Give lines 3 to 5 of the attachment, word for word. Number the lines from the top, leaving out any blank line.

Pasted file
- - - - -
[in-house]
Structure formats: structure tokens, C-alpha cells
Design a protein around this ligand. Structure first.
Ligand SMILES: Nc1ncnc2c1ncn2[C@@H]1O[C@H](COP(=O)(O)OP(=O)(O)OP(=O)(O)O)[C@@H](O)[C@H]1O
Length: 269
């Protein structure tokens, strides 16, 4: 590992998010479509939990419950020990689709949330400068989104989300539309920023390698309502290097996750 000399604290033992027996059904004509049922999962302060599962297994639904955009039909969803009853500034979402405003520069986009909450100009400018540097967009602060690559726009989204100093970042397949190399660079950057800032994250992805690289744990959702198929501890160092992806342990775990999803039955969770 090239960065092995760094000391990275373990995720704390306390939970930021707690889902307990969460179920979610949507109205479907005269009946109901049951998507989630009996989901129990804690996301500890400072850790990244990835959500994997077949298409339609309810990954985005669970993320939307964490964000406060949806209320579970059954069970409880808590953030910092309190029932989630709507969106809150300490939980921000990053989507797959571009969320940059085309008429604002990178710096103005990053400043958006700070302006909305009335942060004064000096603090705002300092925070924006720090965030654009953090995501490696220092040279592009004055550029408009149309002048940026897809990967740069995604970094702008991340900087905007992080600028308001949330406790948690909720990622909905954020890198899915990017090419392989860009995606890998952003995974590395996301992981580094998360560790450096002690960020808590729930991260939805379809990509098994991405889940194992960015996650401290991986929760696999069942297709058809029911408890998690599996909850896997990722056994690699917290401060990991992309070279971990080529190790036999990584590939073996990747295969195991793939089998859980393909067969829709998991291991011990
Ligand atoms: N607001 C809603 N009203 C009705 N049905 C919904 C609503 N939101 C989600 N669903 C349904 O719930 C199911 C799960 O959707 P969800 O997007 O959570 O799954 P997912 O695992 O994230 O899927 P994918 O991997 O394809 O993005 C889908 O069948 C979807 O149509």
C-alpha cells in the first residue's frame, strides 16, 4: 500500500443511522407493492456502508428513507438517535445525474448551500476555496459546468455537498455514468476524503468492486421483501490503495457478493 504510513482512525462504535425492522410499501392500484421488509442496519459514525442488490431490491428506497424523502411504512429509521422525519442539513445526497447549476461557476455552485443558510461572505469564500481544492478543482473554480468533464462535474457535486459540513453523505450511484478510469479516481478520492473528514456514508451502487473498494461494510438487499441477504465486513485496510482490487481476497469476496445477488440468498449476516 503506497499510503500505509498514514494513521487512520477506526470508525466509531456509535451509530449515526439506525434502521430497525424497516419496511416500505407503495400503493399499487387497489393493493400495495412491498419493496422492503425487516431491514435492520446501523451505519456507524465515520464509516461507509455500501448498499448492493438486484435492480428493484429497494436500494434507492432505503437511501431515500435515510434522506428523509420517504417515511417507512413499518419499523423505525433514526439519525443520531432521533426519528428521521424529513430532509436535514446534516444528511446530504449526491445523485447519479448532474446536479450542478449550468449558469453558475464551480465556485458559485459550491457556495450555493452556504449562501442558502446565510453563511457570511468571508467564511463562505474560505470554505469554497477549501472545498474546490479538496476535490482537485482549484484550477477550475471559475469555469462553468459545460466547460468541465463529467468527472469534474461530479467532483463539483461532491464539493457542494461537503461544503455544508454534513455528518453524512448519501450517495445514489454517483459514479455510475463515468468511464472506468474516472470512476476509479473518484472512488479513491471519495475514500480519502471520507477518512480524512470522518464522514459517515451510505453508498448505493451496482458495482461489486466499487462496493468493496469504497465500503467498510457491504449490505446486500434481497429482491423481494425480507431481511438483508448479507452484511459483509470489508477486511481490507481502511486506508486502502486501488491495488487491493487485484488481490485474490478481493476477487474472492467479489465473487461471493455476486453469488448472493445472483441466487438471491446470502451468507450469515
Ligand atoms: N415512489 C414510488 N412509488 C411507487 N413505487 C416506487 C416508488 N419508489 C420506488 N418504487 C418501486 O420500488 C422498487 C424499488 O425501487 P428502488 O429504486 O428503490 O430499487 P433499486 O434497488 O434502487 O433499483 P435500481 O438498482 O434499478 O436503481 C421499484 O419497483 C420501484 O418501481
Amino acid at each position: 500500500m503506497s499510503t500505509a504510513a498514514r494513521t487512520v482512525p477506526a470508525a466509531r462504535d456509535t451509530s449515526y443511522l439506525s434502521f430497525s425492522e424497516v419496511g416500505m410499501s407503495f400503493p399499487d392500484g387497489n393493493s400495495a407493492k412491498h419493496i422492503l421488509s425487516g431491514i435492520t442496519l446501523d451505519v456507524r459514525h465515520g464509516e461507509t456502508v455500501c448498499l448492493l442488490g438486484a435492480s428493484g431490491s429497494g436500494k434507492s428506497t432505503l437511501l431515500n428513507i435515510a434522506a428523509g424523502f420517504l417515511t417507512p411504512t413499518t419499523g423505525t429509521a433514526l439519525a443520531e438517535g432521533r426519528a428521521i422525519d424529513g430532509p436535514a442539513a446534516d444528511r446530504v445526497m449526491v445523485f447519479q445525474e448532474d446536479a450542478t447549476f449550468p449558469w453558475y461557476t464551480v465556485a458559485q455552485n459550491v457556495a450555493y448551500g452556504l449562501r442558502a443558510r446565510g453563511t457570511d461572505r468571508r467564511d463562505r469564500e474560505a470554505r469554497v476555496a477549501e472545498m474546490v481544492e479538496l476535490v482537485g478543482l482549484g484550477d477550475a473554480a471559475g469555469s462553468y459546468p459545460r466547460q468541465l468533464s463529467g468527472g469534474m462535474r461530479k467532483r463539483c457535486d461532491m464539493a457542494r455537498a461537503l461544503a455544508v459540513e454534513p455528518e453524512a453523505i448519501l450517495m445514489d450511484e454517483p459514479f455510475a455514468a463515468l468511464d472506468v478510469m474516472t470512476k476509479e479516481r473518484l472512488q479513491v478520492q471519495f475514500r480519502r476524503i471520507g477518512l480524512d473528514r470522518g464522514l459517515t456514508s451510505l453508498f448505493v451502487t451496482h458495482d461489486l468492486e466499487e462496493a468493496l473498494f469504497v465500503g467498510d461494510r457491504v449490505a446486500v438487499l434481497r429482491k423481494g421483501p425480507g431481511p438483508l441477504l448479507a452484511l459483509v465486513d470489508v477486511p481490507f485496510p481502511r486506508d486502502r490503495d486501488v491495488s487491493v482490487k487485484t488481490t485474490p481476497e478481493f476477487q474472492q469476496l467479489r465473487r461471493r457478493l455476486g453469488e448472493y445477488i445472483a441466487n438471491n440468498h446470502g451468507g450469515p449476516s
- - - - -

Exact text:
Design a protein around this ligand. Structure first.
Ligand SMILES: Nc1ncnc2c1ncn2[C@@H]1O[C@H](COP(=O)(O)OP(=O)(O)OP(=O)(O)O)[C@@H](O)[C@H]1O
Length: 269